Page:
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6 February 2024

The future of space travel

Each new destination in the sky above brings the promise of new answers to some of humanity’s oldest questions: how life began on Earth, how our solar system evolved, and what changes lie in the future. Exploration missions to NEAs or Mars may help answer those questions.
Since the retirement of the Space Shuttles in 2011, space has been opened up to the private sector, but NASA is still committed to space exploration and is retrieving terrific information from the Mars rover Curiosity. NASA’s Curiosity rover mission has recently found evidence that a stream once ran vigorously across the area on Mars where the rover is driving. According to Nasa, the shapes of stones offer clues to the speed and distance of an ancient streams flow.
Orion is America’s next generation spacecraft that will take astronauts to exciting destinations never explored by humans. It will serve as the exploration vehicle that will carry the crew to distant planetary bodies, provide emergency abort capability, sustain the crew during space travel, and provide safe re-entry from deep space. It can carry 4 people for up to 210 days flight. The spacecraft will launch on Exploration Flight Test-1, an un-crewed mission planned for 2014.
The international Space Station is a truly global joint project as it is shared by NASA, the Russian Federal Space Agency, the Japanese JAXA, the European ESA, and the Canadian CSA and is a unique platform for scientific research. Almost 200 people from 15 countries have visited, but the orbiting complex has only had human crew members, until now.
Robonaut 2 or R2 (sound familiar?) is the latest generation of the Robonaut astronaut helpers, launched to the space station aboard space shuttle Discovery on the STS-133 mission in February 2011.
As R2 technology matures, similar robots could be sent deeper into space to test the system in more extreme thermal and radiation conditions. Someday, R2 could service communications, weather and reconnaissance satellites, which have direct benefits on Earth. There is even a wheeled version in the planning called Centaur 2.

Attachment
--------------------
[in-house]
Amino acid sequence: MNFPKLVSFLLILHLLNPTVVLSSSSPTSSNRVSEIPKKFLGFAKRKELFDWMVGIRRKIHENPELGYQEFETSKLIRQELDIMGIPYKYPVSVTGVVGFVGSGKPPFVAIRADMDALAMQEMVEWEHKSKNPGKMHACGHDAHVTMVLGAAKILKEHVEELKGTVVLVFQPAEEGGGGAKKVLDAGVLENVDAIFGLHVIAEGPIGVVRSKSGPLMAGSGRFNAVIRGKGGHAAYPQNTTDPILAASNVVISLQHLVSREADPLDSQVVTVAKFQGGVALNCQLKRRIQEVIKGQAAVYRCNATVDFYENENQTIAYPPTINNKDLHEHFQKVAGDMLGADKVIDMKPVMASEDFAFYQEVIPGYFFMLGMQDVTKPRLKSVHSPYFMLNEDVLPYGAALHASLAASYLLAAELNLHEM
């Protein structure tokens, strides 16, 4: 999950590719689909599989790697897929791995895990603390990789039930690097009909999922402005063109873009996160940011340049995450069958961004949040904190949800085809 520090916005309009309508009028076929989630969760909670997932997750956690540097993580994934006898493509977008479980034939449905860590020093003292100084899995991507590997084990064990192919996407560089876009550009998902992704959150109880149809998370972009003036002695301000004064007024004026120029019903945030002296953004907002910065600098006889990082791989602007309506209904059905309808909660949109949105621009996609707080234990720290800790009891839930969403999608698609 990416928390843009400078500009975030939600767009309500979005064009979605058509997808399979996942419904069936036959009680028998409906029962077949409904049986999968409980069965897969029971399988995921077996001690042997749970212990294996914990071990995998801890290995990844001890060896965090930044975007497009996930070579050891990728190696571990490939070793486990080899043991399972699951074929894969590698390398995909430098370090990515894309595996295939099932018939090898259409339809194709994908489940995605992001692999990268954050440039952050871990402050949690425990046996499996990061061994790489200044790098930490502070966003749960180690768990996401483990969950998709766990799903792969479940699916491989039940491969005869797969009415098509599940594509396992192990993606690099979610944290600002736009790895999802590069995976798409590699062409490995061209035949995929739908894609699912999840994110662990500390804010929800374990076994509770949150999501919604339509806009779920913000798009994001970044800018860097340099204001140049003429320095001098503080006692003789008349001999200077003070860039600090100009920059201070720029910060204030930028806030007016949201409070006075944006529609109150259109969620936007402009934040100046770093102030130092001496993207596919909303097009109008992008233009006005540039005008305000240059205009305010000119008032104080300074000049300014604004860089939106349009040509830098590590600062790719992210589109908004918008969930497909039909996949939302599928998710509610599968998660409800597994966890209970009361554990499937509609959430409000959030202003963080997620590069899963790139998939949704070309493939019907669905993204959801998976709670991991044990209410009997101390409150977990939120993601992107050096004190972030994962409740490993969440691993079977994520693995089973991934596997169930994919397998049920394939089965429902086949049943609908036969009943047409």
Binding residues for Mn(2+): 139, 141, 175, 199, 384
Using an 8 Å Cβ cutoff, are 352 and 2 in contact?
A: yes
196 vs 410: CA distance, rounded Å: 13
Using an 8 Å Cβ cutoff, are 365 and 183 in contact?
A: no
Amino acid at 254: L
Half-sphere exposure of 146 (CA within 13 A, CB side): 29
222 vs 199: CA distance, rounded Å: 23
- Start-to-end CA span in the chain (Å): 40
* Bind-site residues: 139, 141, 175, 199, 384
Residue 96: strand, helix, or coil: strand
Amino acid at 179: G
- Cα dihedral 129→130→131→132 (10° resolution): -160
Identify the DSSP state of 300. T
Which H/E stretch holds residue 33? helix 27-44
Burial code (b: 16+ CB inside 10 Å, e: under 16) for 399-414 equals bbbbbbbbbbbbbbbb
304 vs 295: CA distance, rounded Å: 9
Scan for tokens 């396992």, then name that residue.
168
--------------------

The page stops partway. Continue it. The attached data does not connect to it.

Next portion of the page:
Over the next several decades, NASA will endeavour to send humans to a range of destinations beyond low Earth orbit (LEO), including cis-lunar space, near-Earth asteroids (NEAs), the Moon, and Mars and its moons.
The ultimate aim is to land a human on the surface of Mars which would enable incredible scientific discoveries. Exploring Mars is the first step to long-term, human space exploration beyond the inner solar system, driving technology innovation necessary for sustaining humans on another planet, pushing us out into the stars.
Innovations created to address the challenges of space exploration often lead to new and more sophisticated technologies used both for the benefit of all and commercially.
However it is in the private sector that we are seeing great new leaps in response to the enormous challenges posed by space travel. Space X is a private company founded in 2002 by Elon Musk of Paypal fame that is working with Nasa and has developed the Falcon launch vehicles and Dragon spacecraft. The Dragon is the first private spacecraft to successfully berth with the International Space Station.
The XCOR Lynx being developed in the desert at the Mojave Air and Spaceport. Their aim is to make space travel affordable to private citizens so that space travel will truly take off, so to speak. Their rocket has the immense advantage of being essentially a rocket powered jet plane. It can make up to 4 flights a day as it runs on liquid fuel and can take off on its own power whilst SpaceShipTwo developed by Scaled Composites (also in the Mojave Spaceport) for Virgin Galactic has to be dropped from a plane and the engine has to be replaced between flights. Also you sit right next to the pilot in the Lynx XC with an awesome panoramic view.
Not to mention Eric Anderson and Peter Diamandis’ venture of mining asteroids for raw materials like iron and nickel supported by the film director James Cameron and Larry Page, founder and CEO of Google.
Space exploration is the new frontier and the legendary explorers and heroes of tomorrow could be you.
All images courtesy of NASA.
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